How to design and deliver an inclusive workplace learning strategy

Here’s how to develop an inclusive learning strategy, according to Fredrik Högemark.

A culture of inclusive learning and teaching recognises all employees’ entitlement to a learning experience that respects diversity, enables participation and removes barriers. Businesses delivering inclusive learning strategies are best placed to attract a wide pool of talent and positively support the career progression and job satisfaction of their workforces.

Start as you mean to go on

It’s important to introduce an inclusive approach to learning from the start. By carefully considering the design and delivery of teaching, learning and assessment methods you enable all staff to engage meaningfully with their jobs and reach their full potential.

Channels such as social media and internal networks should be used to get the message out and make information easily accessible. Visuals work well too, such as posters around the office showing how employee training has made a real difference. 

It’s important to remember opportunities for development should not just be when someone is due a promotion. You need to encourage a learning culture across all levels and tailor it to different career stages.

For example; a Deloitte poll on millennial engagement in the workplace revealed 63% feel their talent and leadership skills are not being developed as they should be. This is an error which could unwittingly stunt professional growth and cause graduates to move on from your business sooner, rather than later.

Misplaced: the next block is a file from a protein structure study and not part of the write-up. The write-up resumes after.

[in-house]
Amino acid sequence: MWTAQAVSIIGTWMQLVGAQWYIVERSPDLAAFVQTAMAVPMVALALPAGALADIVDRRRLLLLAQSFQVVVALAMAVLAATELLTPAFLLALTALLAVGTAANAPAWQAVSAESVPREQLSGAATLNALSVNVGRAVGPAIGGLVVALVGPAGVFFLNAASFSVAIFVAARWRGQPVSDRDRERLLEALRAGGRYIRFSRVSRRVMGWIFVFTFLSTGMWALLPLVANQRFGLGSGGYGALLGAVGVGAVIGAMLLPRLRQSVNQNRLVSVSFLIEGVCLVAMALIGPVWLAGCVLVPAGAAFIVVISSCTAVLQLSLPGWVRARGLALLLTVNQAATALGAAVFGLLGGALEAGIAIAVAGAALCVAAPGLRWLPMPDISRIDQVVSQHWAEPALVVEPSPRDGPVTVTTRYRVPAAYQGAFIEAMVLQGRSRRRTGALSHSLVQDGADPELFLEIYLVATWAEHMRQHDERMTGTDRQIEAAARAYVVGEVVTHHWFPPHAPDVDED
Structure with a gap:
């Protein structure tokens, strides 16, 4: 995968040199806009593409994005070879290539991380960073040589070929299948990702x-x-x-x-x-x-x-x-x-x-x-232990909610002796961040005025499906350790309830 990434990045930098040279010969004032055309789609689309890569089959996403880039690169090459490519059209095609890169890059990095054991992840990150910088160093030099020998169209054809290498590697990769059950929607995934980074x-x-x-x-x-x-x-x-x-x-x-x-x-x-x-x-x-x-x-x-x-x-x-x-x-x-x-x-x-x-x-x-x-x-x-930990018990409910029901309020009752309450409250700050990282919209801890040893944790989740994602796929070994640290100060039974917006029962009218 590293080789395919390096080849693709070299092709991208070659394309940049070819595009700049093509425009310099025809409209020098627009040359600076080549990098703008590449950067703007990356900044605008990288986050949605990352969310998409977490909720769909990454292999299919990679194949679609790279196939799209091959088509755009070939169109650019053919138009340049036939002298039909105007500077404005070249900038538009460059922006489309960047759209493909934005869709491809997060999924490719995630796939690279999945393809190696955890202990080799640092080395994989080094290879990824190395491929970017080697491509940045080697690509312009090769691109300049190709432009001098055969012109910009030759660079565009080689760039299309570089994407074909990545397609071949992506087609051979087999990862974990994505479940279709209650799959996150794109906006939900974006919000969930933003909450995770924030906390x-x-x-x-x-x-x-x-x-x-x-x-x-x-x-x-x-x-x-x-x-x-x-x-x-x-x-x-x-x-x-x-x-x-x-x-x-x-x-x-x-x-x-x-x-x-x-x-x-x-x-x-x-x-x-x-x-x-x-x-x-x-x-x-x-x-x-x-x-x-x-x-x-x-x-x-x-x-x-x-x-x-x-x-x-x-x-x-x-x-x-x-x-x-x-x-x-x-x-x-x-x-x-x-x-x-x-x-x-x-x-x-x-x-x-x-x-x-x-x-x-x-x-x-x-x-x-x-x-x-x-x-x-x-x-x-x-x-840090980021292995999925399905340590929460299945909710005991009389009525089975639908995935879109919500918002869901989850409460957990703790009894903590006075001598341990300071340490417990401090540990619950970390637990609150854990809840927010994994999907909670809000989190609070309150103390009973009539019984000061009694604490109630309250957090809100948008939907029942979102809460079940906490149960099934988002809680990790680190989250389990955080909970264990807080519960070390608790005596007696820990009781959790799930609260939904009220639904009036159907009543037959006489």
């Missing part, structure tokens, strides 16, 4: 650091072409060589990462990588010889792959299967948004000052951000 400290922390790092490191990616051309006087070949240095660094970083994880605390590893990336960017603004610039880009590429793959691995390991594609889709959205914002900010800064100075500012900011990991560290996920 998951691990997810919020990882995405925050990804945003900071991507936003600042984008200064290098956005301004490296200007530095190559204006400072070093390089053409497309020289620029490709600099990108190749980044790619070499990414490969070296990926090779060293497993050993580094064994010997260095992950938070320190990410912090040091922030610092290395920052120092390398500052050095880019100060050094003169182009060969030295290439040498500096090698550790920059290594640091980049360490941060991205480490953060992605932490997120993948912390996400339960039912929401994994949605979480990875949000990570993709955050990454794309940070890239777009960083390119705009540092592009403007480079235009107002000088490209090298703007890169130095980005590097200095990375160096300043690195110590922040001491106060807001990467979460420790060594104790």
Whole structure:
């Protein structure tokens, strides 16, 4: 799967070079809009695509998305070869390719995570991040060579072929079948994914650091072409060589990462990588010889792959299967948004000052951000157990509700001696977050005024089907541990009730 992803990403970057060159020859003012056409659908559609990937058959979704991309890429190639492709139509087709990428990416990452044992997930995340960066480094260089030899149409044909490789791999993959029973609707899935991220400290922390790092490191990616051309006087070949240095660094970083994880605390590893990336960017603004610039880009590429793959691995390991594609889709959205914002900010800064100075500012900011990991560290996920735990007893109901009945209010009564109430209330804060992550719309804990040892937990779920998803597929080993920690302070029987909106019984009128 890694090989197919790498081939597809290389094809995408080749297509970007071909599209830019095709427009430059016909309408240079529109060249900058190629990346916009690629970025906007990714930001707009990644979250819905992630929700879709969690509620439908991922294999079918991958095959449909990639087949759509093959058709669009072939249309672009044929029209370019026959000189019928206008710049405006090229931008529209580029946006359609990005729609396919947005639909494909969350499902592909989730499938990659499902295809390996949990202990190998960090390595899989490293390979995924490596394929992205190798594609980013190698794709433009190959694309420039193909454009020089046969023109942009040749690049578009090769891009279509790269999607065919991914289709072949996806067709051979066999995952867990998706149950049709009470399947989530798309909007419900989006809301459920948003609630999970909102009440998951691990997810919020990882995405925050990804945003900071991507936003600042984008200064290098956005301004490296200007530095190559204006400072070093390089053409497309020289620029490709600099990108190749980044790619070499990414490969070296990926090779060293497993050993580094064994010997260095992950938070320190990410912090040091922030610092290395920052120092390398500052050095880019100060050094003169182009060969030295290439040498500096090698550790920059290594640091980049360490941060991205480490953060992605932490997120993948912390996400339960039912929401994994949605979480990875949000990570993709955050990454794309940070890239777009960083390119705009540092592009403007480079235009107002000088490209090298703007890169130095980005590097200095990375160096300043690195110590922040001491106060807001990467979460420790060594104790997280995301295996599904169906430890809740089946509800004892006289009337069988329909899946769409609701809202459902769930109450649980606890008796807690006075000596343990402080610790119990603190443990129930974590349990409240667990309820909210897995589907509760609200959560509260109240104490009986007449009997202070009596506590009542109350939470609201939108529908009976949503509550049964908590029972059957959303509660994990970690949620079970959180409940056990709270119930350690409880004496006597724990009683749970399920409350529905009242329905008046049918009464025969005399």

You need to encourage a learning culture across all levels and tailor it to different career stages.

A rotational scheme can be an effective way to combat this, which offers new recruits the chance to ‘test run’ different roles. By allowing graduates to get a feel for different positions, they learn what interests them, where their skills lie and build a lasting bond with your business.

Provide new recruits with a mentor who is separate from their day-to-day manager. This will give them opportunities to discuss worries and identify ways to progress and enable them to use newly acquired skills.

Do your research

Job descriptions are a tool for recruiting, establishing titles and creating employee goals and objectives. So, HR teams should ensure they have an accurate understanding of all employees’ job duties and responsibilities, regardless of whether they are at the beginning, middle or end of their careers.

One way to audit or create job descriptions is to conduct regular job analysis – gathering, examining and interpreting data – about a job’s tasks and responsibilities. Only by thoroughly understanding all the elements of a role, will businesses be able to introduce the most relevant training and courses to support employees in reaching their full potential.

A good way to check training success is to consult and engage with staff for feedback. This could involve an interview process with specific task-related questions, which are sure to change as roles in the business progress.

You can conduct staff surveys and introduce internal focus groups and employee forums too. Providing a degree of anonymity to some of these options can be effective, as you are more likely to receive honest feedback from teams.

Have a lateral approach

PwC recently introduced the concept of ‘inclusion allies’ who support and advocate for people of different workplace demographics. These are key players in your business who stand for inclusion, lead by example and encourage positive, learning behaviour.